HABIT: Deciduous shrub or small tree to 3.5 m., flowering
SIMILAR SPECIES: In vegetative condition, this is a rather nondescript
shrub with entire alternate obovate leaves. In flower, it is similar to Styrax
americanus, with smaller serrated leaves. Both of these species are
extremely rare in Ohio.
TOTAL RANGE: Throughout the southeastern United
States from VA to FL, w. through LA and e. TX, n. to se. MO, s. IL, KY, and
disjunct in se. OH.
STATE RANGE: ATHENS CO.: on a high hill near the Buffalo
Beat, Buchtel, on an outcropping ledge of limestone, 23 May 1925, L.
Stephenson (OS); north end of high ridge, 21 Sept. 1925, J.H. Schaffner
(OS); near Buchtel 24 Sept. 1933, F. Bartley (BHO); near Buchtel, 1933, L.
Stephenson (BHO); near Buchtel, 6 May 1939, F. Bartley (BHO); ---,
n. d., E.L. Braun (US). It seems likely that all these specimens were
collected from the same general area.
STATE STATUS: 1980 to present: Presumed Extirpated.
HABITAT: Low woods to higher, well drained sandy or limy
woods and thickets.
HAZARDS: Unknown, but possibly opening of the canopy by
RECOVERY POTENTIAL: Unknown, but possibly good, as these
plants have been reported to send up extensive root suckers (Spongberg, 1976).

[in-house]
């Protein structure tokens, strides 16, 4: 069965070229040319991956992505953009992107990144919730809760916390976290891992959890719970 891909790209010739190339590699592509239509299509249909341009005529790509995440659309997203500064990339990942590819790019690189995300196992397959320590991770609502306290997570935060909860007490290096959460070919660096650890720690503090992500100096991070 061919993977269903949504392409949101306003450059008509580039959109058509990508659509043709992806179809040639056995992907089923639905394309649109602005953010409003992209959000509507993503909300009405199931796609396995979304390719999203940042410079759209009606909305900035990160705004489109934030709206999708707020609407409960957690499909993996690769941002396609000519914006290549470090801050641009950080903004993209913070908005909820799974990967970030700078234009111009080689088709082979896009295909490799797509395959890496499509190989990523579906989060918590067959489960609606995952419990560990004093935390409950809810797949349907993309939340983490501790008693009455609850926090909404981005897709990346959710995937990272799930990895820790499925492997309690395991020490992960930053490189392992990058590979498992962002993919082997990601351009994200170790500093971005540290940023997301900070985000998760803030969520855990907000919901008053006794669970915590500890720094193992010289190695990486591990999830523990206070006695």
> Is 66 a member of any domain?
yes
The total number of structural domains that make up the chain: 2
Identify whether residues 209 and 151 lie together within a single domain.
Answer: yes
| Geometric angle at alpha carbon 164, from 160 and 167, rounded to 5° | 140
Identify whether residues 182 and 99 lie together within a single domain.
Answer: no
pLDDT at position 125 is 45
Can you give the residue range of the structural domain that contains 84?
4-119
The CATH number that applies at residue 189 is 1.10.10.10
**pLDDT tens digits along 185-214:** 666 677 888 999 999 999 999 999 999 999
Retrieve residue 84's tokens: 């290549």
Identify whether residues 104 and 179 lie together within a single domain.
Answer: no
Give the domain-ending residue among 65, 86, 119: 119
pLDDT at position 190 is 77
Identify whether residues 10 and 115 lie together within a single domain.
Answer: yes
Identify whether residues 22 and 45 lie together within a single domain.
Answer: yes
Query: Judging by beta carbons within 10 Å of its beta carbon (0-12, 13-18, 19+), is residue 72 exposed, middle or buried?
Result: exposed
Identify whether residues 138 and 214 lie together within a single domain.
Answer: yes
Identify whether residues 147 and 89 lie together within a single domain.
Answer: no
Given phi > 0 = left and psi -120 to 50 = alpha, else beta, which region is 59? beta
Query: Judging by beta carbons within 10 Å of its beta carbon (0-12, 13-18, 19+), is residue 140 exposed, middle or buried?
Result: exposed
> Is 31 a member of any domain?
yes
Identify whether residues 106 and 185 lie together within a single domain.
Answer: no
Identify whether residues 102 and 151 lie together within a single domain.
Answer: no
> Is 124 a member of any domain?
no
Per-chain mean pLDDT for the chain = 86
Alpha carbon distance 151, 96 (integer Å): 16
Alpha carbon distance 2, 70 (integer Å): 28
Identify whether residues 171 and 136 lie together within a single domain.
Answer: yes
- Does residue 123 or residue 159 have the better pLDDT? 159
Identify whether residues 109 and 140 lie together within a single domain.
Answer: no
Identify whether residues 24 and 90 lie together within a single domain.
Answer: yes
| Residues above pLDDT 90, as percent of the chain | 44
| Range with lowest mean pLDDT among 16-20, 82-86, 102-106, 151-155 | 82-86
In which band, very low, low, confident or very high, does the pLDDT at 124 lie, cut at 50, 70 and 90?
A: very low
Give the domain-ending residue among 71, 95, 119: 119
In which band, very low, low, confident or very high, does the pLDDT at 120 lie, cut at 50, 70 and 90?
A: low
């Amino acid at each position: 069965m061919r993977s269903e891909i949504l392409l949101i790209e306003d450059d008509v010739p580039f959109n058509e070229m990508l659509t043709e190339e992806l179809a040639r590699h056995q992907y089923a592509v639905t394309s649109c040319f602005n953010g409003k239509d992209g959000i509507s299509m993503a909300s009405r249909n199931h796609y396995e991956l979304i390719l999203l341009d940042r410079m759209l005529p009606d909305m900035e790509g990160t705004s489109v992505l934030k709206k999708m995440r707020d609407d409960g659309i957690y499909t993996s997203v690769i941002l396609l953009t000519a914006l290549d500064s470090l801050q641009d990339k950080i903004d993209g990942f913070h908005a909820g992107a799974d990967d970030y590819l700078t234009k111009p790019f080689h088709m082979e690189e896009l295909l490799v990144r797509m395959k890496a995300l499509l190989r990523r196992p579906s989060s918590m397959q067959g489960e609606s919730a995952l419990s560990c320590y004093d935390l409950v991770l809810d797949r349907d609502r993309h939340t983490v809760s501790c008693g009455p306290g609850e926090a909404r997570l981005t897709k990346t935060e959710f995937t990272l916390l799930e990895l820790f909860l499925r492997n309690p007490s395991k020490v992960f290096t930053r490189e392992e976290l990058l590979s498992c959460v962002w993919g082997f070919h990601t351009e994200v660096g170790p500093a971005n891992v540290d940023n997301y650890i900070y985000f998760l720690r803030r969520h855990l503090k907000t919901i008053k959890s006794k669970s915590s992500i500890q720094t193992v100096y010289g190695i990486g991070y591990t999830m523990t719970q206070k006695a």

INVENTORY GUIDELINES: Collect mature flowering or fruiting
COMMENTS: The Ohio population of Bigleaf Snowbell is
considerably disjunct from the main range of this species. Since the plant is
showy and occasionally cultivated, there is some doubt as to its being
indigenous to Ohio. However, calcareous area noted for isolated populations of
rare species (Wistendahl, 1975). When in bloom this species is quite
conspicuous. It is unlikely that it could be overlooked. The Athens County site
probably has been destroyed.
Cooperrider, T.S. 1995. The Dicotyledoneae of Ohio.
Part 2. Linaceae through Campanulaceae. Ohio State Univ. Press, Columbus, OH.
Gonsoulin, G.J. 1974. A revision of Styrax
(Styracaceae) in North America, Central America, and the Caribbean. Sida 5: 191-258.
Mears, J.A. 1972. Phylogenetic, biochemical, and
morphological studies with some living specimens of natural extinct or
relictual Styrax species. Bartonia 41: 61-69.
Schwegman, J.E. 1968. Styrax grandifolia in Illinois.
Castanea 33: 348-349.
Spongberg, S.A. 1976. Styracaceae hardy in termperate North
America. J. Arn. Arb. 57: 54-73.
Wistendahl, W.H. 1975. Buffalo, Beats, a relict prairie
within a southeastern Ohio forest. Bull. Toreey Bot. Club 102(4): 178- 186.
Ohio Department of Natural Resources
Division of Natural Areas and Preserves
Created: 2/1985 Allison W. Cusick
Database Code: SPLC.862